Patient safety has become the most important outcome to achieve in medicine. Especially in fields where extensive psychomotor skills (physical movements that require fine and precise movements controlled by the brain) are required such as surgery.
It’s obvious that the policy of “see one, do one and teach one” is not acceptable anymore in view of increasing demand for patient safety.
Since there is radical technological and technical advancement, it’s important for surgeons to be updated. This implies continuous training. The methodology of making training is so solid that it translates into safe surgery for the real patients which is challenging!
However, training can be arduous and taxing! Considering that many senior surgeons will be involved in updation and training, it becomes imperative to keep the psychomotor training less complex. Keeping it Simple and Safe ( KISS principle) is a good strategy that has failed none.
There have been various proposals and strategies to make training less arduous and yet extremely safe for patients. Observerships, proctorship, immersion courses, simulators have all been incorporated in training surgeons to good advantage.
Observership is a good way to expose a newer surgical procedure or idea. But it’s not enough to prepare the surgeon to undertake the procedure safely for the patient. An immersion course where surgeons get an opportunity to participate and assist is the next step to getting trained. Getting supervised by a proctor while operating at one’s own centre can boost confidence and pave the way for safe surgical practice.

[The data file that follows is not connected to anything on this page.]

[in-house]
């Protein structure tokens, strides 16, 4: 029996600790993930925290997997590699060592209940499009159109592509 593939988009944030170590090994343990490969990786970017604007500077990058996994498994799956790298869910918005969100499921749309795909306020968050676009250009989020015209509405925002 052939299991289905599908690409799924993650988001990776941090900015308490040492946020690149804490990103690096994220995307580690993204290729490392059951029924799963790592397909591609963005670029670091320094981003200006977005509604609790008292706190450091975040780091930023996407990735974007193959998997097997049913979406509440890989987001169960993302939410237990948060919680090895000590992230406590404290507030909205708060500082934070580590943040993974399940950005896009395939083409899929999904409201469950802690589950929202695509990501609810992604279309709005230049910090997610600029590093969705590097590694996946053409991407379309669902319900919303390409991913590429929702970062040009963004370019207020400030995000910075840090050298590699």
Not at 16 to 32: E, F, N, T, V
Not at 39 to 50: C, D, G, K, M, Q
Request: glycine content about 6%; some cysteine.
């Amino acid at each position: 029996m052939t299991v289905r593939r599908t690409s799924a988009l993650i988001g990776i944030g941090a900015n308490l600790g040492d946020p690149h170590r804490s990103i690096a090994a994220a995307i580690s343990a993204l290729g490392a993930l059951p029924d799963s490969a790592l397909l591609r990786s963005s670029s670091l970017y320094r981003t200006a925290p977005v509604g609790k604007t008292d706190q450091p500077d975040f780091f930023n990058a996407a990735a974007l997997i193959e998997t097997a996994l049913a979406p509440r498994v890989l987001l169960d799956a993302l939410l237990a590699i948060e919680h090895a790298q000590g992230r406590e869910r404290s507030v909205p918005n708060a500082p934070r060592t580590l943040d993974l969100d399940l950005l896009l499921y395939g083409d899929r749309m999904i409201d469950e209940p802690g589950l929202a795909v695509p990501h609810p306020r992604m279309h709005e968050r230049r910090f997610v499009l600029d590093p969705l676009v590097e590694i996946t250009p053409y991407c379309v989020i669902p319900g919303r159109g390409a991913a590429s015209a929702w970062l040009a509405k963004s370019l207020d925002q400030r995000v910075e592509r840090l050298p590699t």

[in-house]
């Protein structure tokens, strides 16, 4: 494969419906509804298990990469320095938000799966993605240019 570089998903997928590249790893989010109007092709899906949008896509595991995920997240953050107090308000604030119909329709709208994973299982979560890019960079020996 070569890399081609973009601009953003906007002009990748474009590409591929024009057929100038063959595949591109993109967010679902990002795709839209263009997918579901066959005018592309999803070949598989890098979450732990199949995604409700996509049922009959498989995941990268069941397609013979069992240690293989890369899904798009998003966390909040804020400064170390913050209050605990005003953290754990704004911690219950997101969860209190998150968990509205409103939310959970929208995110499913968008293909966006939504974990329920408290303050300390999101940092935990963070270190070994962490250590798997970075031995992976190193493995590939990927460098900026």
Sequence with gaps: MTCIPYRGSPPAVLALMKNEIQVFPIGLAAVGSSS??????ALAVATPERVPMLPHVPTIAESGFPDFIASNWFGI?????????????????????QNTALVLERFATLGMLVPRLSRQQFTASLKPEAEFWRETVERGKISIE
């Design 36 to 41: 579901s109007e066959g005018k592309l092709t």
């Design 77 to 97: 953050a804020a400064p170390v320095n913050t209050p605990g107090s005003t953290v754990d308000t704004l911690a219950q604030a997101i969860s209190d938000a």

Simulators are computer generated virtual reality either in the form of a dummy or the screen where the surgeon practises procedures till they can master it. Robotic surgery is one such example where simulators can be very handy. One can practise on virtual patients before operating on real patients.
With so many tools available, what is the best way forward?
Probably, a mix of everything! And whatever is available.
As a trainer and teacher for many complex procedures in Gastrosurgery ( Bariatrics, complex hernias, laparoscopic surgery, colorectal procedures), this is what I have observed-
1. Enthusiasm is the biggest ignition point to learn something
2. Practice makes it good. Continuous practice makes for perfection!
3. Perseverance is key
4. Getting a coach or a proctor will make learning safe and simple
Willing to learn has to be combined with the right method to learn, to ensure patient safety. In the world of increasing awareness and expectation, one cannot compromise on safety. Learning, therefore, has to be structured and fool-proof.
In the real world, this may be easier said than done.
So, if there is one thing that I would recommend strongly for proper training, it is this.
Get a Mentor! Get a Coach!